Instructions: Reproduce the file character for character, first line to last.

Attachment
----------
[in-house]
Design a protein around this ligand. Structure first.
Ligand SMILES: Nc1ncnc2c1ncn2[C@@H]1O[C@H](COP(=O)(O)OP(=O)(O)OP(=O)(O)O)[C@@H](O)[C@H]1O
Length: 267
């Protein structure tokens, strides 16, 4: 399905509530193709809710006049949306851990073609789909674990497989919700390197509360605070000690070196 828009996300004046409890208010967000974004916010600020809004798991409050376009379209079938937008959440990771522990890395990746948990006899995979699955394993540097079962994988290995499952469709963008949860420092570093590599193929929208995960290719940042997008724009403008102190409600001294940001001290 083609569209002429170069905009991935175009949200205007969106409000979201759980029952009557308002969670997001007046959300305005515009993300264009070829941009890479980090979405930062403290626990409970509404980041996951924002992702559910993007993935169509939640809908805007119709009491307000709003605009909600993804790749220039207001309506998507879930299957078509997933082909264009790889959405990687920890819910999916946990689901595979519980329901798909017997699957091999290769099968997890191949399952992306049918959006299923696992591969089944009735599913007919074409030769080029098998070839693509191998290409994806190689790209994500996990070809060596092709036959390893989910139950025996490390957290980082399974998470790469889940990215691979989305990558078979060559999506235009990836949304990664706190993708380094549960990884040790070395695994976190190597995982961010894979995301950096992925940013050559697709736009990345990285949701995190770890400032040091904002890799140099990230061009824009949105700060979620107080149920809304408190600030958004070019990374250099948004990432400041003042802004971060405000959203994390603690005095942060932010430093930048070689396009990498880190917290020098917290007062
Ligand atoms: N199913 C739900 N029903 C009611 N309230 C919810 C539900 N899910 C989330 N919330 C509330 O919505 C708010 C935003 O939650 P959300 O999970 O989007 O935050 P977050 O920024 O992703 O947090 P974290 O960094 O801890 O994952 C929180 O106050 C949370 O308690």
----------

[in-house]
Design a protein around this ligand. Structure first.
Ligand SMILES: Nc1ncnc2c1ncn2[C@@H]1O[C@H](COP(=O)(O)OP(=O)(O)OP(=O)(O)O)[C@@H](O)[C@H]1O
Length: 267
């Protein structure tokens, strides 16, 4: 399905509530193709809710006049949306851990073609789909674990497989919700390197509360605070000690070196 828009996300004046409890208010967000974004916010600020809004798991409050376009379209079938937008959440990771522990890395990746948990006899995979699955394993540097079962994988290995499952469709963008949860420092570093590599193929929208995960290719940042997008724009403008102190409600001294940001001290 083609569209002429170069905009991935175009949200205007969106409000979201759980029952009557308002969670997001007046959300305005515009993300264009070829941009890479980090979405930062403290626990409970509404980041996951924002992702559910993007993935169509939640809908805007119709009491307000709003605009909600993804790749220039207001309506998507879930299957078509997933082909264009790889959405990687920890819910999916946990689901595979519980329901798909017997699957091999290769099968997890191949399952992306049918959006299923696992591969089944009735599913007919074409030769080029098998070839693509191998290409994806190689790209994500996990070809060596092709036959390893989910139950025996490390957290980082399974998470790469889940990215691979989305990558078979060559999506235009990836949304990664706190993708380094549960990884040790070395695994976190190597995982961010894979995301950096992925940013050559697709736009990345990285949701995190770890400032040091904002890799140099990230061009824009949105700060979620107080149920809304408190600030958004070019990374250099948004990432400041003042802004971060405000959203994390603690005095942060932010430093930048070689396009990498880190917290020098917290007062
Ligand atoms: N199913 C739900 N029903 C009611 N309230 C919810 C539900 N899910 C989330 N919330 C509330 O919505 C708010 C935003 O939650 P959300 O999970 O989007 O935050 P977050 O920024 O992703 O947090 P974290 O960094 O801890 O994952 C929180 O106050 C949370 O308690």